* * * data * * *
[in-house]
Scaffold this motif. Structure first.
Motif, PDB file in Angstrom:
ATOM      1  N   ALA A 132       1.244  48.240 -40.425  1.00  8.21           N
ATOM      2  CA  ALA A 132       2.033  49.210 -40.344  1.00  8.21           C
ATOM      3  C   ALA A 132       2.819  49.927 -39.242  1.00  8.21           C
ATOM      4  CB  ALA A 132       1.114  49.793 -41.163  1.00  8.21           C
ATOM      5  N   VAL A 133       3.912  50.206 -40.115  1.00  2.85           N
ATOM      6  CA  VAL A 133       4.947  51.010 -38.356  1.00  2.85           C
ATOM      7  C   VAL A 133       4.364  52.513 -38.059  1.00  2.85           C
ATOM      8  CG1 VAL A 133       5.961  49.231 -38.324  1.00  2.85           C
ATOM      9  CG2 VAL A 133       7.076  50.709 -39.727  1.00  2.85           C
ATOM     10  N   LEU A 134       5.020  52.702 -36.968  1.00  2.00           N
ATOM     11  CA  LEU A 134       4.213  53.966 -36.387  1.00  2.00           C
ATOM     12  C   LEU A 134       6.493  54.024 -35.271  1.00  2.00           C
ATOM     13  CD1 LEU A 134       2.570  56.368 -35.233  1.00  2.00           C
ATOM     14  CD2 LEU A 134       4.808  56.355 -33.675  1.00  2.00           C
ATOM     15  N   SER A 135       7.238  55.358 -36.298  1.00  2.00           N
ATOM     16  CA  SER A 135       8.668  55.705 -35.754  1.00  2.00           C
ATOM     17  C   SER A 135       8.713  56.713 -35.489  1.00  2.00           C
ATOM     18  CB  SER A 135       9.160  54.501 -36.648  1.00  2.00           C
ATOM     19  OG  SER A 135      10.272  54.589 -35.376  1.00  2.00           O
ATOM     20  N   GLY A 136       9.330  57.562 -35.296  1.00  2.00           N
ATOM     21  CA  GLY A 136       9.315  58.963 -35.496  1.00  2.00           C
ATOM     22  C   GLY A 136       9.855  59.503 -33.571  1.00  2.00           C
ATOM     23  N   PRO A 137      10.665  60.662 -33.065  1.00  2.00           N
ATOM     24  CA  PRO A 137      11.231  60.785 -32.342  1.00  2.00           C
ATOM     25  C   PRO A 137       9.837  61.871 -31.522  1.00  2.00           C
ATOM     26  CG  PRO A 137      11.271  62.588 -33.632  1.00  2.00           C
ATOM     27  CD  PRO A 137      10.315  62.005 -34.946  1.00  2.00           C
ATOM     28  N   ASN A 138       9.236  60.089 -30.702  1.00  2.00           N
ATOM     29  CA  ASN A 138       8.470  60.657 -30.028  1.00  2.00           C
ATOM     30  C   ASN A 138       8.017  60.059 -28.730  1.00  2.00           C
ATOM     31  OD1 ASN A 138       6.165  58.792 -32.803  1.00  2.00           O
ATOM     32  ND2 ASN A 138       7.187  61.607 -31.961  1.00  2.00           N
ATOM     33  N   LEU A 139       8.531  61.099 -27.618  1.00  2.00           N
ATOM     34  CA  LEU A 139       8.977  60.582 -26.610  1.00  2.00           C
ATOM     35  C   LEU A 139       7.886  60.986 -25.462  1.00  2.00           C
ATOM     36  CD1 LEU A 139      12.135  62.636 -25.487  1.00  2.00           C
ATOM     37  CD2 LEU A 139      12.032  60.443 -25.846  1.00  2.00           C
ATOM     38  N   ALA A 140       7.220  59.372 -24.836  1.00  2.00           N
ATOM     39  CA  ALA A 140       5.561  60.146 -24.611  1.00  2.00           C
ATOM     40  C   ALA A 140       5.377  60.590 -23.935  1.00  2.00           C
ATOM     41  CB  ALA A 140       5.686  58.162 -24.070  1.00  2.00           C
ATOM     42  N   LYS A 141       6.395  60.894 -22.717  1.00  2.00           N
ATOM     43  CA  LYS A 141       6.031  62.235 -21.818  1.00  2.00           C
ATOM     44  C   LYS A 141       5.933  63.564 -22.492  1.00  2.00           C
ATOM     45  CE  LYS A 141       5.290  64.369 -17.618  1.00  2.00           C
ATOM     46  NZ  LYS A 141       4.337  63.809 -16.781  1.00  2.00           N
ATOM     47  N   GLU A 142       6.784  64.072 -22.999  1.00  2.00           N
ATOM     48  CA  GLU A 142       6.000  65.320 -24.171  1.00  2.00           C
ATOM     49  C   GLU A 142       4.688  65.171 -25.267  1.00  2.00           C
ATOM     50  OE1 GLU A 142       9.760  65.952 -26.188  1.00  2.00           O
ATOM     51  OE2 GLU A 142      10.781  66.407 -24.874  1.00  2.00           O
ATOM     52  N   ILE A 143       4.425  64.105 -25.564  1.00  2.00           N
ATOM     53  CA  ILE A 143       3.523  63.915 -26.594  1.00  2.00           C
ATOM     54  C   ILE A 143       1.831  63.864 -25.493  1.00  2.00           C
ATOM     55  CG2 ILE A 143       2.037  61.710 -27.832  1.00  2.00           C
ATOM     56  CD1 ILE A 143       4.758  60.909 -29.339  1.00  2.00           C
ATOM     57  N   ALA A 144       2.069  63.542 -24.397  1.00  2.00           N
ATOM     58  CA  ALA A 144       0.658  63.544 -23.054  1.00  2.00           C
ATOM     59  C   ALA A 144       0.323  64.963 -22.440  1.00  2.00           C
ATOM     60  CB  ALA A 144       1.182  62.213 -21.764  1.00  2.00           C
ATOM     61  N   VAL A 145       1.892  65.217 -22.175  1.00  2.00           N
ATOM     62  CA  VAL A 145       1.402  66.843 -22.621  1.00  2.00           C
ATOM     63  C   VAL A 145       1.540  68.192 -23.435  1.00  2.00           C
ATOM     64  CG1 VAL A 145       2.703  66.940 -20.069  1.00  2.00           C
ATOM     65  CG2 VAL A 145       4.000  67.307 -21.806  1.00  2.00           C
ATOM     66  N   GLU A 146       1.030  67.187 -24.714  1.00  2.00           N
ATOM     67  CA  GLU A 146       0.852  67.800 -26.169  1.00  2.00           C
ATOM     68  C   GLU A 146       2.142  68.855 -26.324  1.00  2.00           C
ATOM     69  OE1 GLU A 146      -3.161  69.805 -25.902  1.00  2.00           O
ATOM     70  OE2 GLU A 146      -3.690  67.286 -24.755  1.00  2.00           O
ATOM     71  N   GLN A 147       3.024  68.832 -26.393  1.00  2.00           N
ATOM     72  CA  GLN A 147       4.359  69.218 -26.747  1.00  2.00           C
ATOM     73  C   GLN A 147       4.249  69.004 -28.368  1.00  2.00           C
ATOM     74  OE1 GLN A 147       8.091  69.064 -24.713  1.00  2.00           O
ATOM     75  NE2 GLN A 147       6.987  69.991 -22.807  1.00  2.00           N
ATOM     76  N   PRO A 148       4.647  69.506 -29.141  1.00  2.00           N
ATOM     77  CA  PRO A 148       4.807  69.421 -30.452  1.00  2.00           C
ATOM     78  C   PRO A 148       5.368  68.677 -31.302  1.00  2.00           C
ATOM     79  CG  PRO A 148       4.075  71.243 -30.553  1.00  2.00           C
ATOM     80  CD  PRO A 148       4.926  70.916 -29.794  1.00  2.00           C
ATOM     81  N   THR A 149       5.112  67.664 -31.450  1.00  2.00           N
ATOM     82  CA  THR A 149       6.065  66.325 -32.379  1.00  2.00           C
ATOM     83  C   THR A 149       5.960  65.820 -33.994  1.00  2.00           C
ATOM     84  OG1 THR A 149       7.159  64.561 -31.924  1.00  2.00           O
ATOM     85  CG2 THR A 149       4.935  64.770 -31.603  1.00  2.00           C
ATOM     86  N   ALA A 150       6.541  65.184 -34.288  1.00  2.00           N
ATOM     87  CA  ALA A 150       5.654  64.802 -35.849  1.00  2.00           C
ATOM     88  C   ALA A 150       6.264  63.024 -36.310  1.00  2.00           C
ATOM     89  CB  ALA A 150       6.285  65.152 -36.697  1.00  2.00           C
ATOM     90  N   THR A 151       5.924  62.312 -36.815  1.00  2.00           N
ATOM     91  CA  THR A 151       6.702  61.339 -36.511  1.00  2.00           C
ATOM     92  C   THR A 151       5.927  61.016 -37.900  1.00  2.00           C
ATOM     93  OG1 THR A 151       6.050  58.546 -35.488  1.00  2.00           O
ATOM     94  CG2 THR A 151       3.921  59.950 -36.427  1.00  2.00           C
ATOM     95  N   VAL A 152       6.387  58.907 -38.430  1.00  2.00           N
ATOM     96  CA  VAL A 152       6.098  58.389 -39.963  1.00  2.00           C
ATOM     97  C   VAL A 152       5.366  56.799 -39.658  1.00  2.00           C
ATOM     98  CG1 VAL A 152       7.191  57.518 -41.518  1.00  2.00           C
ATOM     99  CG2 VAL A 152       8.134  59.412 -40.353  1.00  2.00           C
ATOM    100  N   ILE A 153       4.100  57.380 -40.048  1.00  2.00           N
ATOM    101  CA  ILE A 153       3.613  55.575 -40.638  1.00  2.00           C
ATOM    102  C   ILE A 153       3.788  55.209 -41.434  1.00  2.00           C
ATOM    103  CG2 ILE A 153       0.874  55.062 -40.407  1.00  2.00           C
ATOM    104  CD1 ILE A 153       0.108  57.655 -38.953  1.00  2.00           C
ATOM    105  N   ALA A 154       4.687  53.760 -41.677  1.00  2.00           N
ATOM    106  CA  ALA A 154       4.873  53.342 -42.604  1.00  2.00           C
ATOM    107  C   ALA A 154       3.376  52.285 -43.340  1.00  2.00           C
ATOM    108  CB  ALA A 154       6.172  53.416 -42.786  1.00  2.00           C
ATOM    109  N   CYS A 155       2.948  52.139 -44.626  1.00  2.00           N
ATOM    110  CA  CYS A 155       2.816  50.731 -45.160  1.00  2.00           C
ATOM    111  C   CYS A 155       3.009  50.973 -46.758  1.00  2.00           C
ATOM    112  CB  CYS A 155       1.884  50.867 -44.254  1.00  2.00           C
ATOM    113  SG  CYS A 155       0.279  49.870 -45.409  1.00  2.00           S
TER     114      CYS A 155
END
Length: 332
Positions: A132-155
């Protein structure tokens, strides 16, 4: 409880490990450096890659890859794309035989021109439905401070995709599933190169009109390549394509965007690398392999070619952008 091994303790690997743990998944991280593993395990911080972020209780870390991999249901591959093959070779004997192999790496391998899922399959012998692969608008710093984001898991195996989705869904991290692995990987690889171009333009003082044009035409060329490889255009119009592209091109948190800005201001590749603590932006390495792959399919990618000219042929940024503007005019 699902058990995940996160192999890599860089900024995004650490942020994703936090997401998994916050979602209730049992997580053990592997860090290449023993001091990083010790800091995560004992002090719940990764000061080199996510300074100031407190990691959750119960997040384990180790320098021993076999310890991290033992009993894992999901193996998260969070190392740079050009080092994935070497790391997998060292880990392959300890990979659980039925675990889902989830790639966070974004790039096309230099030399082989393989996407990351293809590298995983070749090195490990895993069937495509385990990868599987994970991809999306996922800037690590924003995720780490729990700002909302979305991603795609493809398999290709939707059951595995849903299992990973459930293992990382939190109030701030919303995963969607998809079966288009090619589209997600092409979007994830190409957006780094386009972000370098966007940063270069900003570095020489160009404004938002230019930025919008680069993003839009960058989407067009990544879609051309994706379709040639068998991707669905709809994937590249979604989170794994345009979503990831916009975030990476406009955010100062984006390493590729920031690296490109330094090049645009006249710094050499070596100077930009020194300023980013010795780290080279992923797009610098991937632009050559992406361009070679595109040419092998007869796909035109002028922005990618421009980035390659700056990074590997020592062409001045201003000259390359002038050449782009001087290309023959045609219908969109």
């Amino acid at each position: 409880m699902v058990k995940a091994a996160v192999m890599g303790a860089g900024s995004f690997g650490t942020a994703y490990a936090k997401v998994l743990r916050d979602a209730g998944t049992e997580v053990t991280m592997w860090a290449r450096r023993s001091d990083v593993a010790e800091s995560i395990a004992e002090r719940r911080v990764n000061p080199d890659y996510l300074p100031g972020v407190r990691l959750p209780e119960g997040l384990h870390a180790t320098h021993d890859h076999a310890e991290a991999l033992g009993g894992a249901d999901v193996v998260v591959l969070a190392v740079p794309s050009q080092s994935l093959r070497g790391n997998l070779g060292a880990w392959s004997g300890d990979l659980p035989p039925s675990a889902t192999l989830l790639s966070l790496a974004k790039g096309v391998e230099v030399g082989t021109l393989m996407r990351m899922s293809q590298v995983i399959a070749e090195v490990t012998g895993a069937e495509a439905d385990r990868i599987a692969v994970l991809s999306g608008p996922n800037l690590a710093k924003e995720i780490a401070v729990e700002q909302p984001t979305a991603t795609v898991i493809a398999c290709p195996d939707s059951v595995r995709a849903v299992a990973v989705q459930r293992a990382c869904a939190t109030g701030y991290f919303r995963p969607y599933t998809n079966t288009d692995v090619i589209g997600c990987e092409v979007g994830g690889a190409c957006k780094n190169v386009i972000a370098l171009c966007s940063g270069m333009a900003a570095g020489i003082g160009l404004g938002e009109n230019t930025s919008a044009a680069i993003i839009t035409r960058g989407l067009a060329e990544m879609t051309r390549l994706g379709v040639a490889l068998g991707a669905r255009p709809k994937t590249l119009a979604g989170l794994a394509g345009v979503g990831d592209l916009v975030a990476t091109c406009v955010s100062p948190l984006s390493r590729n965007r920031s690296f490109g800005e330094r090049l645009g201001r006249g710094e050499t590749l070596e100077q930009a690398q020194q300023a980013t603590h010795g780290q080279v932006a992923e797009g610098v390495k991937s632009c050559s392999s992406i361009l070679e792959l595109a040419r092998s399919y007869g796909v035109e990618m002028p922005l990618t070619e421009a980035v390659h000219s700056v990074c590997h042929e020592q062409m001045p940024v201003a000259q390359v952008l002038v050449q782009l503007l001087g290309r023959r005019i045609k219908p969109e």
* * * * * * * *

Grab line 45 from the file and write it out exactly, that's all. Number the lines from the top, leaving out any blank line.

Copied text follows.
ATOM     42  N   LYS A 141       6.395  60.894 -22.717  1.00  2.00           N